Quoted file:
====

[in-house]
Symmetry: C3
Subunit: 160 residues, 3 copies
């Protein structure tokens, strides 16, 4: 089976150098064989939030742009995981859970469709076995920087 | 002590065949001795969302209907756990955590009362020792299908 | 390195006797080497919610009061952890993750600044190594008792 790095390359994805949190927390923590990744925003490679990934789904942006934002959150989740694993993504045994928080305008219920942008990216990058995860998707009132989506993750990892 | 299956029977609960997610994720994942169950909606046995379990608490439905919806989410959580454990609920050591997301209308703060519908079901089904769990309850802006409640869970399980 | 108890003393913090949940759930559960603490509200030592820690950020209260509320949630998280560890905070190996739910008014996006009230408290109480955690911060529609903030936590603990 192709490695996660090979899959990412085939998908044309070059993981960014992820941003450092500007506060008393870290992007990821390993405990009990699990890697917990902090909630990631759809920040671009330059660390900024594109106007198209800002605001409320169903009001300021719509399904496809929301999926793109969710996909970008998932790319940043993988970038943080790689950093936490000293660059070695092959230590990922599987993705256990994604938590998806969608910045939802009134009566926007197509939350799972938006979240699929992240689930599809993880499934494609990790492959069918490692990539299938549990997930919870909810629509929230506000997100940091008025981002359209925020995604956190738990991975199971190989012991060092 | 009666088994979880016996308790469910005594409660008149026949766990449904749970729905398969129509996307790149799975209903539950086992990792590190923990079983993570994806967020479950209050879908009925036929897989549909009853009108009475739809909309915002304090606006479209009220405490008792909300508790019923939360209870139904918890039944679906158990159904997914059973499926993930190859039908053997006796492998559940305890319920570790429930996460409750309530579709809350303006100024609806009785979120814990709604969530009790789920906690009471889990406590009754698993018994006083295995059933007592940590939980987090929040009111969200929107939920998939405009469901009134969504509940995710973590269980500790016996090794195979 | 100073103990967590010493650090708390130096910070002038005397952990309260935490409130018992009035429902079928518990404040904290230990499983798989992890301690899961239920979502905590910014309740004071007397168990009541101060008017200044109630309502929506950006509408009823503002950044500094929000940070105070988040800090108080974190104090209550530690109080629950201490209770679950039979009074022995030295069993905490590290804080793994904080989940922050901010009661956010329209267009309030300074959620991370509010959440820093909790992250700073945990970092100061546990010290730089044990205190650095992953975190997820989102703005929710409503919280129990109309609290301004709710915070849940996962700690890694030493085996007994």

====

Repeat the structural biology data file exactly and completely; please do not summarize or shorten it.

[in-house]
Symmetry: C3
Subunit: 160 residues, 3 copies
């Protein structure tokens, strides 16, 4: 089976150098064989939030742009995981859970469709076995920087 | 002590065949001795969302209907756990955590009362020792299908 | 390195006797080497919610009061952890993750600044190594008792 790095390359994805949190927390923590990744925003490679990934789904942006934002959150989740694993993504045994928080305008219920942008990216990058995860998707009132989506993750990892 | 299956029977609960997610994720994942169950909606046995379990608490439905919806989410959580454990609920050591997301209308703060519908079901089904769990309850802006409640869970399980 | 108890003393913090949940759930559960603490509200030592820690950020209260509320949630998280560890905070190996739910008014996006009230408290109480955690911060529609903030936590603990 192709490695996660090979899959990412085939998908044309070059993981960014992820941003450092500007506060008393870290992007990821390993405990009990699990890697917990902090909630990631759809920040671009330059660390900024594109106007198209800002605001409320169903009001300021719509399904496809929301999926793109969710996909970008998932790319940043993988970038943080790689950093936490000293660059070695092959230590990922599987993705256990994604938590998806969608910045939802009134009566926007197509939350799972938006979240699929992240689930599809993880499934494609990790492959069918490692990539299938549990997930919870909810629509929230506000997100940091008025981002359209925020995604956190738990991975199971190989012991060092 | 009666088994979880016996308790469910005594409660008149026949766990449904749970729905398969129509996307790149799975209903539950086992990792590190923990079983993570994806967020479950209050879908009925036929897989549909009853009108009475739809909309915002304090606006479209009220405490008792909300508790019923939360209870139904918890039944679906158990159904997914059973499926993930190859039908053997006796492998559940305890319920570790429930996460409750309530579709809350303006100024609806009785979120814990709604969530009790789920906690009471889990406590009754698993018994006083295995059933007592940590939980987090929040009111969200929107939920998939405009469901009134969504509940995710973590269980500790016996090794195979 | 100073103990967590010493650090708390130096910070002038005397952990309260935490409130018992009035429902079928518990404040904290230990499983798989992890301690899961239920979502905590910014309740004071007397168990009541101060008017200044109630309502929506950006509408009823503002950044500094929000940070105070988040800090108080974190104090209550530690109080629950201490209770679950039979009074022995030295069993905490590290804080793994904080989940922050901010009661956010329209267009309030300074959620991370509010959440820093909790992250700073945990970092100061546990010290730089044990205190650095992953975190997820989102703005929710409503919280129990109309609290301004709710915070849940996962700690890694030493085996007994």